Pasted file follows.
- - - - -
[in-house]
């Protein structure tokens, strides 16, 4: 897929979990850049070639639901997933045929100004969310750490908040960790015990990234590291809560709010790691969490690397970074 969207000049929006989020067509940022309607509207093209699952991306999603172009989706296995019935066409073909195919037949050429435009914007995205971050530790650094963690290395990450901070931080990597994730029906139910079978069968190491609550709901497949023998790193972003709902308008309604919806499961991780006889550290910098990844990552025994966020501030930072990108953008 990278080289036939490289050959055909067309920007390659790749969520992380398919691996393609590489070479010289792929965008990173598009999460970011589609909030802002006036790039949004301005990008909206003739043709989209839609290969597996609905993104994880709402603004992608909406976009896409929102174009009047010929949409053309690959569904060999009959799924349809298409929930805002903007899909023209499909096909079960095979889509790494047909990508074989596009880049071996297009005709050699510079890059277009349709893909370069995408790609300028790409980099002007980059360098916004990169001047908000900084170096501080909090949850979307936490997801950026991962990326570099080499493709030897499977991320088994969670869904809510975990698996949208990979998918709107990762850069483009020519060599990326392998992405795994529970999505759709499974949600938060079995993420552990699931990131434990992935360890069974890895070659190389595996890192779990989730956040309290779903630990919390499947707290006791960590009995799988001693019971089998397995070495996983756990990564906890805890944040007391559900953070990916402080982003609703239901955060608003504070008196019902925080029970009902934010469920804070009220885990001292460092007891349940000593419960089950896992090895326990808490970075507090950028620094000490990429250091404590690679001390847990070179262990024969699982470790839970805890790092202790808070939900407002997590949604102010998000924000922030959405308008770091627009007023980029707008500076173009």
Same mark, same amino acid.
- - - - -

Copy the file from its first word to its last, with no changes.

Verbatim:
[in-house]
């Protein structure tokens, strides 16, 4: 897929979990850049070639639901997933045929100004969310750490908040960790015990990234590291809560709010790691969490690397970074 969207000049929006989020067509940022309607509207093209699952991306999603172009989706296995019935066409073909195919037949050429435009914007995205971050530790650094963690290395990450901070931080990597994730029906139910079978069968190491609550709901497949023998790193972003709902308008309604919806499961991780006889550290910098990844990552025994966020501030930072990108953008 990278080289036939490289050959055909067309920007390659790749969520992380398919691996393609590489070479010289792929965008990173598009999460970011589609909030802002006036790039949004301005990008909206003739043709989209839609290969597996609905993104994880709402603004992608909406976009896409929102174009009047010929949409053309690959569904060999009959799924349809298409929930805002903007899909023209499909096909079960095979889509790494047909990508074989596009880049071996297009005709050699510079890059277009349709893909370069995408790609300028790409980099002007980059360098916004990169001047908000900084170096501080909090949850979307936490997801950026991962990326570099080499493709030897499977991320088994969670869904809510975990698996949208990979998918709107990762850069483009020519060599990326392998992405795994529970999505759709499974949600938060079995993420552990699931990131434990992935360890069974890895070659190389595996890192779990989730956040309290779903630990919390499947707290006791960590009995799988001693019971089998397995070495996983756990990564906890805890944040007391559900953070990916402080982003609703239901955060608003504070008196019902925080029970009902934010469920804070009220885990001292460092007891349940000593419960089950896992090895326990808490970075507090950028620094000490990429250091404590690679001390847990070179262990024969699982470790839970805890790092202790808070939900407002997590949604102010998000924000922030959405308008770091627009007023980029707008500076173009």
Same mark, same amino acid.